Vadodara: Cop kills himself in police chowky

VADODARA: Vadodara police department woke up to a rude jolt on Sunday morning when a 41-year-old police sub-inspector (PSI) shot himself dead inside Alkapuri police in the early hours of the day.

Sanjaysinh Jadeja, 41, who was posted in the key detection of crime branch (DCB), left a one-line suicide note in a diary stating that he won’t be able to continue with the PSI job. He also apologized in the note.

Jadeja, who was recently inducted in the special squad to tackle rising chain-snatching crimes, had talked with his team on Saturday night and then went to Alkapuri police chowky where he was earlier posted. The chowky is usually locked in the night but Jadeja knew where the key was kept. He opened the chowky and then shot himself,’ the police said.

When the sweeper entered the chowky early on Sunday morning, he spotted Jadeja lying in a pool of blood and immediately informed the seniors.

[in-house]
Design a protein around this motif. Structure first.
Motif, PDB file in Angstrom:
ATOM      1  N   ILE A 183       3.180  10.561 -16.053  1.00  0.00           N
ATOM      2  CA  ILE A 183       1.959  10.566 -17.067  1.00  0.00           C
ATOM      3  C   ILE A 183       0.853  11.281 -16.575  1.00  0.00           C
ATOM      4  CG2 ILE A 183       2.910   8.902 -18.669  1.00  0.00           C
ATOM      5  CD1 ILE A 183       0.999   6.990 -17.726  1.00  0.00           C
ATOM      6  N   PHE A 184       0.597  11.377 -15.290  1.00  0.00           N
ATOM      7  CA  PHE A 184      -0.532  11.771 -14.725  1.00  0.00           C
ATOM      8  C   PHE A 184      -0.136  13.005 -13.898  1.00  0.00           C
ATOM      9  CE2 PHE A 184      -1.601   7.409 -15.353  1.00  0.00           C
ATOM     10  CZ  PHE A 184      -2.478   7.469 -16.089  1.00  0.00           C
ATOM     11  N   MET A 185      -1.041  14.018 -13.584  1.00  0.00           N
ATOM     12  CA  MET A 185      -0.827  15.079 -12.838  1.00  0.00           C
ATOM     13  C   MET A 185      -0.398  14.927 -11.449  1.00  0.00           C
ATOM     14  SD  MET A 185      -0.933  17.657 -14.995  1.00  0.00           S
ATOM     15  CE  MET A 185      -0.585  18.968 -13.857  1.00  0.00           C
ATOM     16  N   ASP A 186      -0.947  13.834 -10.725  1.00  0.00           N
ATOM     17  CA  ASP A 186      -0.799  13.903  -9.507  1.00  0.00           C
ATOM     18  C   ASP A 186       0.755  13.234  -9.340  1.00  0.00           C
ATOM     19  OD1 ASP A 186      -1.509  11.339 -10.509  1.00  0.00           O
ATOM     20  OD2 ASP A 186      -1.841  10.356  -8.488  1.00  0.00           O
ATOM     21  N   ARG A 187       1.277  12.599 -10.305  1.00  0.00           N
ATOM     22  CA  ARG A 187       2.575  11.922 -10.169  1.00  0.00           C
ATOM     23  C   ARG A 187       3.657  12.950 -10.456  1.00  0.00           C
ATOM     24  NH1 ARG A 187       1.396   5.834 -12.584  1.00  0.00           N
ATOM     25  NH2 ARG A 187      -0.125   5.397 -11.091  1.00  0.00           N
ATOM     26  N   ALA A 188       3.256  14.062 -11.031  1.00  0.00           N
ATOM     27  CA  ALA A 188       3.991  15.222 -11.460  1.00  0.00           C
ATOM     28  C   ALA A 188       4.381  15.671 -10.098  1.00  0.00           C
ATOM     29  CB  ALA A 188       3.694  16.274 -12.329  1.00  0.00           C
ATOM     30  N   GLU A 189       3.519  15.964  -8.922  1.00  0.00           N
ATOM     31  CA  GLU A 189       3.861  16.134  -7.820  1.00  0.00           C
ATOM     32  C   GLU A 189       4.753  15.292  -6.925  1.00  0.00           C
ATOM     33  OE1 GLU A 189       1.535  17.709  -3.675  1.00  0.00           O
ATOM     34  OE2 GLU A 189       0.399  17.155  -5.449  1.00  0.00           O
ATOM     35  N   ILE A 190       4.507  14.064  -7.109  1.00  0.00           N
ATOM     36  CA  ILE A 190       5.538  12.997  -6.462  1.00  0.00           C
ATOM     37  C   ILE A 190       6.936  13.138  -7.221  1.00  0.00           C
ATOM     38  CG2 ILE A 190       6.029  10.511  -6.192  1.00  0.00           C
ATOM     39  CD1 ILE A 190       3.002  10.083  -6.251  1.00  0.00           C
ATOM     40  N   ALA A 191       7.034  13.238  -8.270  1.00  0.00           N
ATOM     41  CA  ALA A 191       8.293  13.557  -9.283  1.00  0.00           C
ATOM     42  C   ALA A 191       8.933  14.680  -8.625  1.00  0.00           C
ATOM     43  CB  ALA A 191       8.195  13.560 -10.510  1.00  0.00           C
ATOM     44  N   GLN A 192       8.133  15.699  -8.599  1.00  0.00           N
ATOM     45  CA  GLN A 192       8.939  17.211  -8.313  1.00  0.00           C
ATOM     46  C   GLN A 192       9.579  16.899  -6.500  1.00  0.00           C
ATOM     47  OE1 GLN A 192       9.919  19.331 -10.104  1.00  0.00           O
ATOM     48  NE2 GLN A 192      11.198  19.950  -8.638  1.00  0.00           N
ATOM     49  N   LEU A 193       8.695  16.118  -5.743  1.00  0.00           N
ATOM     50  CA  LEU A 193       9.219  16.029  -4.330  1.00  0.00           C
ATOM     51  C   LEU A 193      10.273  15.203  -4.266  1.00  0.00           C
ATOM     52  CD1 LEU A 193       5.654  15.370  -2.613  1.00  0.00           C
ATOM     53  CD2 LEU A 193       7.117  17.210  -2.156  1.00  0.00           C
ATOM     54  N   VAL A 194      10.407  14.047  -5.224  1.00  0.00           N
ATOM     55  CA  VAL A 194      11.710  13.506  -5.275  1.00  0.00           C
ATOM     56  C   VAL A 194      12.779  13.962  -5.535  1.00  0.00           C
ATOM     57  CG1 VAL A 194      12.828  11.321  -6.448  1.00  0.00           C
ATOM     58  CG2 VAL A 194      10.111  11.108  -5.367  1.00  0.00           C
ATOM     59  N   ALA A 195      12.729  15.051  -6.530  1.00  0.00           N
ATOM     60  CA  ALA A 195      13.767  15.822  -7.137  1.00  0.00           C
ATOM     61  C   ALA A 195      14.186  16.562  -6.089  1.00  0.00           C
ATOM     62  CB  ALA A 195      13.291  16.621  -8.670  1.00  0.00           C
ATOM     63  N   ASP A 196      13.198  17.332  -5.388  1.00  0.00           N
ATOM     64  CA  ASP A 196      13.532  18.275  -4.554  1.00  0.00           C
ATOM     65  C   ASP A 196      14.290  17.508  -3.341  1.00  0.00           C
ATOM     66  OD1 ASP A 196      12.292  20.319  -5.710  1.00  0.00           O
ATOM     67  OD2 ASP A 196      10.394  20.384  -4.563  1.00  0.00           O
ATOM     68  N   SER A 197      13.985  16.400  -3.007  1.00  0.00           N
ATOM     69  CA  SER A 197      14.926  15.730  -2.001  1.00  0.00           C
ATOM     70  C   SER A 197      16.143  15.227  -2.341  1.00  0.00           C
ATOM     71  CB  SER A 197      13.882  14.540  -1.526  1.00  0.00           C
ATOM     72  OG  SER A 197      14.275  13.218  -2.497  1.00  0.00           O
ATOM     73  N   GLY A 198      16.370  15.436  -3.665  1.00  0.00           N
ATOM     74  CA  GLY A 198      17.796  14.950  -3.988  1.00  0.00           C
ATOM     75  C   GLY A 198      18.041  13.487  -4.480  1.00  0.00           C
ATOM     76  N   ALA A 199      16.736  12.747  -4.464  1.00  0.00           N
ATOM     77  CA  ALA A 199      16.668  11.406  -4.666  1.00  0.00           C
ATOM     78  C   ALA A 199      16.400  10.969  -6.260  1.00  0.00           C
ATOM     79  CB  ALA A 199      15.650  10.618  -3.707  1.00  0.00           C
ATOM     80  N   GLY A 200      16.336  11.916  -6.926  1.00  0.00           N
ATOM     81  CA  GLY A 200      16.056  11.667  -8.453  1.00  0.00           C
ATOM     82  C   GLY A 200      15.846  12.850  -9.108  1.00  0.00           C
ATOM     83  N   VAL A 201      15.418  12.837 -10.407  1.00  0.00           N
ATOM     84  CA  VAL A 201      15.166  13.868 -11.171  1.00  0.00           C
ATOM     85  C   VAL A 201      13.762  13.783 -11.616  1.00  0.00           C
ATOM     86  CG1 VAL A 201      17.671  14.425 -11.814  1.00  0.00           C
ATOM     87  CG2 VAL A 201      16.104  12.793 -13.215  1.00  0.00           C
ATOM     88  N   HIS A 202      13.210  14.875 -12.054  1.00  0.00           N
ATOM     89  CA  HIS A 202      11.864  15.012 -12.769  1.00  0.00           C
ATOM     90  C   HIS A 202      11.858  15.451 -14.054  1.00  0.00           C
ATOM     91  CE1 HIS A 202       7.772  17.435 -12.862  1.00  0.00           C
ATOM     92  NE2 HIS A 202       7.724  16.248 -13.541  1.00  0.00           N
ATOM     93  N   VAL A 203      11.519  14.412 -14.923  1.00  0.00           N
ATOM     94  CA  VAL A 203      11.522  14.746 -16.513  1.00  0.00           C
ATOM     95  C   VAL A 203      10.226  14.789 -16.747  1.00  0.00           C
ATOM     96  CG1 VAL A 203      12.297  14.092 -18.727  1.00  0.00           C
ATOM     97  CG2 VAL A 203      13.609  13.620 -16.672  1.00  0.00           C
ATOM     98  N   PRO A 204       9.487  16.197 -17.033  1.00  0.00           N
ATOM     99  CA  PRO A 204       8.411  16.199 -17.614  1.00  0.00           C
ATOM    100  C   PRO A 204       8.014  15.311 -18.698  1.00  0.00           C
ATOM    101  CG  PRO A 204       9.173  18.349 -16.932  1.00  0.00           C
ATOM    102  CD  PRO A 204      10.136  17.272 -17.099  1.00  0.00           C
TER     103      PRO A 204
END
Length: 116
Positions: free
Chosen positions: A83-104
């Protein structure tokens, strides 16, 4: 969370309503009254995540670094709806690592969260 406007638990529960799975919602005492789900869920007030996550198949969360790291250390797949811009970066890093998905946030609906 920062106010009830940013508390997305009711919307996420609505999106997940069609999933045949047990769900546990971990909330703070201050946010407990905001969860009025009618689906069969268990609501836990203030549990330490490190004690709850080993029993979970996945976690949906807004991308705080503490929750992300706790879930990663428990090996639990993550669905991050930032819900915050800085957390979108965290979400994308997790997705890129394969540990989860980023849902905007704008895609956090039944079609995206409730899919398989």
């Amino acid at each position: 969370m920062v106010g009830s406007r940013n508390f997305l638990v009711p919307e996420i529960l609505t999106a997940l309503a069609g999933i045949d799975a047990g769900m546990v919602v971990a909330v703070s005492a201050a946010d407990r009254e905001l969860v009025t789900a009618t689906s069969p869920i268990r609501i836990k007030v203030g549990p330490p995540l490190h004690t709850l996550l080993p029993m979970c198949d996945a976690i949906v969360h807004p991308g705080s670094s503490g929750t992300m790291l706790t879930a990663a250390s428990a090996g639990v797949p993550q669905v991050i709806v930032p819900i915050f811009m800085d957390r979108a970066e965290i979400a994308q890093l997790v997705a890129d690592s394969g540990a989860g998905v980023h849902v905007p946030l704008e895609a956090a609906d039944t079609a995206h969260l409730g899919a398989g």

Senior police officials including city police commissioner Anupam Singh Gahlaut rushed to the chowky on learning about the suicide. Jadeja was a police constable in Rajkot and had got promoted as PSI some months ago. He was transferred to Vadodara about eight months ago and then sent to Karai Police Academy for training. After returning, he served at Alkapuri chowky under the Sayajigunj police station for three months.

“We are shocked,” Gahlaut told TOI.

“He was one of the best PSIs in the city and a very intelligent cop. That’s why he was made the leader of the chain-snatching squad. He was quite happy after being brought in the squad and had been working hard to crack the chain snatching cases,” said Gahlaut.

Jadeja’s wife had shifted from Rajkot to the city to stay with him just about a month ago. Policemen, who have worked with Jadeja, remember him as a happy-go-lucky fellow. “He may have been under some pressure that led him to take such extreme step,” a police inspector claimed.

Police gave a guard of honour to Jadeja at SSG Hospital on Sunday evening.

Attempts are being made to get clues from his mobile phone even as it is password-protected. “We have sent the mobile phone to Forensic Science Laboratory (FSL),” Gahlaut added.

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